Montmartre at night. 1934 - Russian impressionism museum
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Montmartre at night. 1934

Alexander Gerasimov

Oil on canvas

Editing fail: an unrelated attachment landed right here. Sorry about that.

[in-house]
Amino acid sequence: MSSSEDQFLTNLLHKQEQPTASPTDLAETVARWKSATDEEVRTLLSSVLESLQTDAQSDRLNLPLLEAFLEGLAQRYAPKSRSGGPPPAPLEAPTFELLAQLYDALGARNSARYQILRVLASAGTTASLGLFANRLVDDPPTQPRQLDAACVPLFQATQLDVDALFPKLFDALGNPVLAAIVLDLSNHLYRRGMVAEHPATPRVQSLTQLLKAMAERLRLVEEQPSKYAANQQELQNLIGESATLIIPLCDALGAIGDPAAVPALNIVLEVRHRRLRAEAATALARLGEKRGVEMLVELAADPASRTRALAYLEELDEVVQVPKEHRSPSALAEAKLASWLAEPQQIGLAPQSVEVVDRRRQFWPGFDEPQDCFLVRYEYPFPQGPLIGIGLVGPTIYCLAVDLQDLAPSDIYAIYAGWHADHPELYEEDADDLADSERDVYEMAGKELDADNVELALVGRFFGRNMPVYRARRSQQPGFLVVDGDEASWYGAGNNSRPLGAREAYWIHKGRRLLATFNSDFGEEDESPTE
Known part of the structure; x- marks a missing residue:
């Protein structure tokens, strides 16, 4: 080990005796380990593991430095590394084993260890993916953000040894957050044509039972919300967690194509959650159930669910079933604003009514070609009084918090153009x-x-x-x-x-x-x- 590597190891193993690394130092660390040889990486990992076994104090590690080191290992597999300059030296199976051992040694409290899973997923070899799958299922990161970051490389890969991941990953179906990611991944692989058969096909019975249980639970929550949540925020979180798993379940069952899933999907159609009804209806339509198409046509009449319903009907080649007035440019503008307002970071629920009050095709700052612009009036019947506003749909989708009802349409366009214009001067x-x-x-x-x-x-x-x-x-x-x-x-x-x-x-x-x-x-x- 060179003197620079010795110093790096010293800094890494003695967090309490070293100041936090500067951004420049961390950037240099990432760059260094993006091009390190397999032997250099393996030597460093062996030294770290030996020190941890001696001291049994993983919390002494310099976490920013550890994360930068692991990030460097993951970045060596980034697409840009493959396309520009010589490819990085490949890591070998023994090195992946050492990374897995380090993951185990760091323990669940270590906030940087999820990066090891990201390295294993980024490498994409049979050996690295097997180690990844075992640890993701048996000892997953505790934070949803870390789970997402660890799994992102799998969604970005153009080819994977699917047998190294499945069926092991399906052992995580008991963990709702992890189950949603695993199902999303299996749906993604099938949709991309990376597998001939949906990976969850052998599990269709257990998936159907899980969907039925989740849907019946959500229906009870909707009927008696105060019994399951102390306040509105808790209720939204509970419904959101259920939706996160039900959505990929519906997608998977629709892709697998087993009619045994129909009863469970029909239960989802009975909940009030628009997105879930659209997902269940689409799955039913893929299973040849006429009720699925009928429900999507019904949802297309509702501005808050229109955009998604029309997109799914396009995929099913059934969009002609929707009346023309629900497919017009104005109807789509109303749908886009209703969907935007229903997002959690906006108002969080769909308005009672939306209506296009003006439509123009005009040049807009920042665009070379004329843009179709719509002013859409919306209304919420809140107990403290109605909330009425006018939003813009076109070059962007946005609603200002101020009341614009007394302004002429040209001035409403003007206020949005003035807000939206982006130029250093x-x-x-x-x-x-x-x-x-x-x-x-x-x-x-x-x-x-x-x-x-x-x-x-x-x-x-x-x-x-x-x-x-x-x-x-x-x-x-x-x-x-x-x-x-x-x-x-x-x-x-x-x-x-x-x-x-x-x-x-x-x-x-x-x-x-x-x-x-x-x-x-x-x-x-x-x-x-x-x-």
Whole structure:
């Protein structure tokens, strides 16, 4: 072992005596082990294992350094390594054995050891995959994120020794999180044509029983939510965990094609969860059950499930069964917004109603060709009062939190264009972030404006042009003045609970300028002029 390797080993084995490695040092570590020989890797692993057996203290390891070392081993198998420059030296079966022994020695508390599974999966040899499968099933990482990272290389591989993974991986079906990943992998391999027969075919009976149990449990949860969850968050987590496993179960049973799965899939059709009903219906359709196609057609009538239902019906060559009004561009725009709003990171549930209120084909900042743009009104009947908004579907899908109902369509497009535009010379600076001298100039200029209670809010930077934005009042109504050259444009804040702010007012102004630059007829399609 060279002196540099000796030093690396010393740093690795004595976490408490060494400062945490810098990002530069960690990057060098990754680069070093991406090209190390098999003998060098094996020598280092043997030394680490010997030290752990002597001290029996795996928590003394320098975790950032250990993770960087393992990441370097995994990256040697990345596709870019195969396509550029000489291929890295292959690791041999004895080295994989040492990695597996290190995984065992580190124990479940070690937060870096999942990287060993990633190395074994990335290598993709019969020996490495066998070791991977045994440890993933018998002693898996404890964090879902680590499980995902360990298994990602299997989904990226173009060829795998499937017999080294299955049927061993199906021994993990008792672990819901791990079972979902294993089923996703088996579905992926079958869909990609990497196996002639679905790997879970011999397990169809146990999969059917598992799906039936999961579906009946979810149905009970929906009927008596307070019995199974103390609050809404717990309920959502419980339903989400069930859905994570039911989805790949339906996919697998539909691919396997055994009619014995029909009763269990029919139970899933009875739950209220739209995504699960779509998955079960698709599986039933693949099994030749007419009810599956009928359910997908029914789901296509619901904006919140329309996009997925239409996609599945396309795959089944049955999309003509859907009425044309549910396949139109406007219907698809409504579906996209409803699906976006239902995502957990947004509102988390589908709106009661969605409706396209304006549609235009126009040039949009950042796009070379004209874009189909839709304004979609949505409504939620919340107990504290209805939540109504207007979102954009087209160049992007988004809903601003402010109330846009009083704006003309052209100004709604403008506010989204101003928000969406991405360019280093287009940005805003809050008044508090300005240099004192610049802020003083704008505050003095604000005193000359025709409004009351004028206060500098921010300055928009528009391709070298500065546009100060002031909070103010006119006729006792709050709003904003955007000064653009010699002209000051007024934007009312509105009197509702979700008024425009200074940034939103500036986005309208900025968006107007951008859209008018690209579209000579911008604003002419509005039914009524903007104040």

Paris, the city of lights! Vibrant colours, lively crowds, narrow streets and packed cafes… Alexander Gerasimov had heard so much about it from his mentor, the celebrated artist Konstantin Korovin, and it felt incredible to be there, in Montmartre, the very heart of the city’s famous artists’ quarter. As a leading Soviet artist, in 1934 Gerasimov received a state award, in the form of a trip abroad. After a short stopover in Berlin, he headed to the French capital to look at works by the Old Masters and see for himself what life in Europe was really like. Gerasimov spent two months in museums and artists’ studios, but the allure of the Paris boulevards proved irresistible. Before he set out to paint outdoors for the first time, he anxiously anticipated the reaction of passers-by to an artist working right there, in the thick crowds. It turned out that it would take much more than an artist painting outdoors to make the Montmartre public raise their eyebrows. Occasionally, Gerasimov even heard encouraging remarks as he drew his quick watercolour sketches, which he would later recreate in his studio as oil paintings. The artist painted eighty scenes of Paris life during the two months, and “Montmartre at Night” is one of the most moving and expressive among them. Interestingly enough, Korovin too had used almost exactly the same vantage point to paint Montmartre. On the one hand, Gerasimov, as an upstanding Soviet artist, could not approve of the Parisians’ careless and materialistic life. Just look at all those bars and cabarets, brightly lit storefronts, elegant women adorned with ostrich plumes, drinking their champagne… Nevertheless, the artist was so drawn to all these unrestrained pleasures! To feel himself young again, an art student in love with Impressionism, its broad brushstrokes and expansive manner... Looking at this painting, it is hard to believe that this is the same artist who would go on to paint iconic portraits of Soviet leaders. It is no wonder that during Soviet times this work was never included in any of Gerasimov’s exhibitions.